Hang ‘em High - RV Enthusiast Magazine

Hang ‘em High

by | Aug 25, 2022 | Pro Tip, RVEXPERT

Photos by Lori Swaffer
Finding a place to hang wet clothes and towels if you don’t have a dryer — or they shouldn’t be dried — can be tough. Using a shower curtain rod eliminated the problem and the eyesore.

Hanging towels in the bathroom is personal, which is why many RV manufacturers leave towel bar and ring installations up to the owners. My 39-foot fifth wheel came with only one towel rod on the shower door. However, draping extra damp towels over the shower enclosure restricted air flow and prevented them from quickly drying, especially in cold weather.

Unfortunately, there were no available blank walls in my model’s bathroom to install extra towel bars, so I zeroed in on a way to utilize the space in the shower stall without impacting elbowroom. After some head scratching, I came up with a solution using a shower curtain rod.

a rope holding clothes on hangers runs across an RV space
Before adding the curtain rod in the shower enclosure, I sometimes had to run a section of rope between my living room walls to take advantage of the airflow inside my fifth wheel and dry clothes I needed. Obviously, this wasn’t a good solution — and, well, looked really tacky.
top view of the shower curtain rod kit parts organized
Adapting a shower curtain rod into a towel bar was a good solution for hanging wet towels and clothing. The shower curtain rod kit included a two-piece tension rod, wall brackets with double sided tape, wall anchors and screws.
I’ve got plenty of room in the shower stall and wanted to find a better way to hang clothes than via the unsightly “clothesline” I’ve sometimes had to use in the living area — which made the interior look like a messy bachelor’s pad. There’s no reason why a shower curtain rod can’t become a towel rod — and in most cases, it’s stronger than a towel bar. After a little research I found an adjustable shower curtain rod to fit in the shower stall, which has a 36-inch span between the opposing walls. (Look it up on Amazon under “Alskarhem Shower Curtain Rod 32-48 inches”. It sells for $16.99.) This stainless-steel shower rod is available in a couple of different colors and can be extended to 48 inches; other length combinations are also available. The tension rod comes with brackets to mount on a wall comprised of thin paneling, ceramic tile, marble, brick or any other substrate.

Fortunately, I have very high ceilings in my shower and I was able to mount the rod overhead without being an issue for my 6-foot-tall body. The rod can be mounted in several places and can be left on the loose side so it can be removed from the brackets when you take a shower if your stall is not high enough.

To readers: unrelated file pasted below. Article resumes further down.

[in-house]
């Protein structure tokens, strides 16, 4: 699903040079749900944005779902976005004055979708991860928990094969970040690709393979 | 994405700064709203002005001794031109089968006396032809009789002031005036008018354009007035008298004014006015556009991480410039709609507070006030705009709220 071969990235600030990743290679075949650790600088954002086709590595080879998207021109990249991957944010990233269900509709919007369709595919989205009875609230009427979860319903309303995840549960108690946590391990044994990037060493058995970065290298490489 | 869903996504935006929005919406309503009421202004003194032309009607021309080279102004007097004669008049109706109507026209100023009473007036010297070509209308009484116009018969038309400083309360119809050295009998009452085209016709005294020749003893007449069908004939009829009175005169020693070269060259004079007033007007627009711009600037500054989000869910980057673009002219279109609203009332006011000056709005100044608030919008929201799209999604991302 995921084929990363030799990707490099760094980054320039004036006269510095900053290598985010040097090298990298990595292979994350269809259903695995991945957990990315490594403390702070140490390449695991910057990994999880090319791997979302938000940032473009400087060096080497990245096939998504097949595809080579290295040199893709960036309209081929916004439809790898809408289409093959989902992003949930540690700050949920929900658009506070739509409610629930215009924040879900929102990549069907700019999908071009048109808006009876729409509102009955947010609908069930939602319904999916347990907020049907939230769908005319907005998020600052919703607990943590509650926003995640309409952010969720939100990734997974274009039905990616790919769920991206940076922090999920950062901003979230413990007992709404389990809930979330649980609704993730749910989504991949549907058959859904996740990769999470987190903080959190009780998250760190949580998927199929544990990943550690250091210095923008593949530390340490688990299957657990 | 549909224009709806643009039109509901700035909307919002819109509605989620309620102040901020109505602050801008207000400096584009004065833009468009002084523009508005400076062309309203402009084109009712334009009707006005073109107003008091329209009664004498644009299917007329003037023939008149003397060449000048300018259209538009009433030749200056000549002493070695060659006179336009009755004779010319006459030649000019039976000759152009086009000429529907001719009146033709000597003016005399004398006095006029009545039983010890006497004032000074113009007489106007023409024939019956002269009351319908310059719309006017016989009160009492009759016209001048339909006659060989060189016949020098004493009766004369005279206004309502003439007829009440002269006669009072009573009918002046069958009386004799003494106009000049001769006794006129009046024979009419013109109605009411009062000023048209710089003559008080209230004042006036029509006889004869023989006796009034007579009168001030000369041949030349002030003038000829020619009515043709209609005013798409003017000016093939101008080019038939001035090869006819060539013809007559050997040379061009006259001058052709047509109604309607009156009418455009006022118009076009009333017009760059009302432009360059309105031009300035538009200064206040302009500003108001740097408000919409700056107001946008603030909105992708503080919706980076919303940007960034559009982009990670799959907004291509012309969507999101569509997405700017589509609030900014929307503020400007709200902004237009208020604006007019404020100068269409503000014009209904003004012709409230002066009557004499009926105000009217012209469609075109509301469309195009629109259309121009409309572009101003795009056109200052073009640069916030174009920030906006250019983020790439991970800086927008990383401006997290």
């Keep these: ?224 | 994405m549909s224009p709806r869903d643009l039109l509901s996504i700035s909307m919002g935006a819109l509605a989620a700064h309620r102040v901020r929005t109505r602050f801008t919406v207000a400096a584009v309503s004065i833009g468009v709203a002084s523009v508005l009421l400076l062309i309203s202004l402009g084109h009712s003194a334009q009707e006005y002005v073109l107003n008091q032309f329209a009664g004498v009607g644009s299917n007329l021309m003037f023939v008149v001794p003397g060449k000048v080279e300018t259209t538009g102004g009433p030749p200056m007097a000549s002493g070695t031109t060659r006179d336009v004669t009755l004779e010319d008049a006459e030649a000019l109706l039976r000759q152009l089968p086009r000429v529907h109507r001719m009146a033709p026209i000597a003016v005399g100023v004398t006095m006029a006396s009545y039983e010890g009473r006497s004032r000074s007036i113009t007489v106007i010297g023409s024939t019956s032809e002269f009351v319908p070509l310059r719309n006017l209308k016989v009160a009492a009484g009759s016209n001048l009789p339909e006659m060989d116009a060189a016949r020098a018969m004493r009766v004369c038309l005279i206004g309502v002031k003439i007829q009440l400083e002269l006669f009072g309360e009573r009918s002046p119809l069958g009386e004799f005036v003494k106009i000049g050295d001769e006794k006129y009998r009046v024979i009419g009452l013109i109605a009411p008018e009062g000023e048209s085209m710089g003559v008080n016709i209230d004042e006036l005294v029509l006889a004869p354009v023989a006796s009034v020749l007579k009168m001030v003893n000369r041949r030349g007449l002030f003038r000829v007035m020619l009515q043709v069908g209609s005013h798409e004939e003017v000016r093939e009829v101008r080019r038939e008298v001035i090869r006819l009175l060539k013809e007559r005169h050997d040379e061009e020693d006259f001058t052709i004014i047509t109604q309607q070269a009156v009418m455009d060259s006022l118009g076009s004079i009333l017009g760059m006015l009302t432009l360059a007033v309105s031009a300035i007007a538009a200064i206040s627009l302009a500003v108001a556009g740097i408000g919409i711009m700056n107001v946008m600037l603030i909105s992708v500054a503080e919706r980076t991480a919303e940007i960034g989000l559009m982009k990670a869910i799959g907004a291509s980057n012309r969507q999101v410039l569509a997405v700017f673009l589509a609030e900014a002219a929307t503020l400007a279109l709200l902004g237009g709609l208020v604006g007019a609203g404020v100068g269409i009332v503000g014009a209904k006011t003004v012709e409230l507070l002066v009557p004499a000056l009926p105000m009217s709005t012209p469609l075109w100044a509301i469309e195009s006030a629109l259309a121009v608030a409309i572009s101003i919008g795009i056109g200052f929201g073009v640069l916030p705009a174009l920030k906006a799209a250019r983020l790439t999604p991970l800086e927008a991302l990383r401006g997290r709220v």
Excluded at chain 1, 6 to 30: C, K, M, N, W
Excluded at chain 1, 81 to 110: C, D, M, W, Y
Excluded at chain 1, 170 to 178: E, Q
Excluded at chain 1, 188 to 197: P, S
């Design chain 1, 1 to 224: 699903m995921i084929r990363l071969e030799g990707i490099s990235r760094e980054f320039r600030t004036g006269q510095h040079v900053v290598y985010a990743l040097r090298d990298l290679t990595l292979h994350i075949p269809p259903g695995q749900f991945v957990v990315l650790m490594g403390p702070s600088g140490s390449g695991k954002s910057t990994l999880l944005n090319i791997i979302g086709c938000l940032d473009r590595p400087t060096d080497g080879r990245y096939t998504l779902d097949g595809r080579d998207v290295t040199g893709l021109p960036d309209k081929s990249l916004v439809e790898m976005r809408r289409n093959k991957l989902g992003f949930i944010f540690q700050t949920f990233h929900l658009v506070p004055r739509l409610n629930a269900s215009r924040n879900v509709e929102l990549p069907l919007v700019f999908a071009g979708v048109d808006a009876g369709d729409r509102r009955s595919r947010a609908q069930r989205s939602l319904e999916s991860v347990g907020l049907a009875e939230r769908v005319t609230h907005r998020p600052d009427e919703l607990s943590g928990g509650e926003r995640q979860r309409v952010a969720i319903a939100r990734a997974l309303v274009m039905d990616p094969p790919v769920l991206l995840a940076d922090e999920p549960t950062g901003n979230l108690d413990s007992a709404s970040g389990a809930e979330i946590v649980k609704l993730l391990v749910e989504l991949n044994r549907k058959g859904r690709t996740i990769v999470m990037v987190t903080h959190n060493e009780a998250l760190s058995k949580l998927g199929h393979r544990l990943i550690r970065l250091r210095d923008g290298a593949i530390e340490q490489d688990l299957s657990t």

Installation was very easy. In fact, I did not need the wall brackets because my substrate was solid, leaving the tension alone to hold the rod in place. Both sides of the rod are adjustable, so I decided to position them evenly to make the rod even stronger. I simply measured 36 inches and made chalk marks on the concrete patio outside to use as a template for adjusting the rod evenly on both ends. Because I didn’t use the wall brackets, I was able to move the towel rod in many different locations for best convenience. I can always keep the rod in a closet and put it up quickly when needed, but in this installation, the rod is not in the way.

close view of the connection point of the shower curtain rod ends
The distance between the opposing walls in the shower was measured at 36 inches. Caulk marks measuring 36 inches (replicating the shower stall dimensions) were put on the outside concrete patio to use as a template to adjust both ends equally. Both sides of the rod are adjustable; once connected, the rod was brought into the bathroom.
a shower curtain rod end with a "covering"
technician holds a bracket in place on the RV wall
The ends of the rods can be placed in wall brackets for more holding power. In this case, the brackets were not needed since the substrate was strong enough and the lip of the fiberglass stall helped hold it in place. If the brackets are used, they can be taped to hold into position while the screws are driven to the wall or anchors, depending on the wall material. If anchors are needed, mark the position of the bracket first.

Finally, I found a little carousel with clips on Amazon (Google “Ikea Asia Pressa Hanging Dryer 16 clothes pegs”; $16.89) that works hand-in-hand with the new shower curtain rod. This little device, which holds small wet items like socks or washcloths, can be hung in the shower to control dripping water, and be stored in a cabinet when not in use.

clothes hang from a shower curtain rod in an RV shower
socks and towels are clipped to a hanging carousel drying device held by shower rod
Hanging clothes and towels on the shower curtain rod provided an additional towel bar while providing a place to dry items that were previously draped over the shower enclosure and restricted air circulation. Tucked out of the way, they can remain there until dry. I also located a hanging carousel drying device with 16 clips on Amazon which hangs on the new shower rod and holds small items like socks and washcloths.

A little ingenuity and a few bucks and I now have my living room back — and can still enjoy dry towels.

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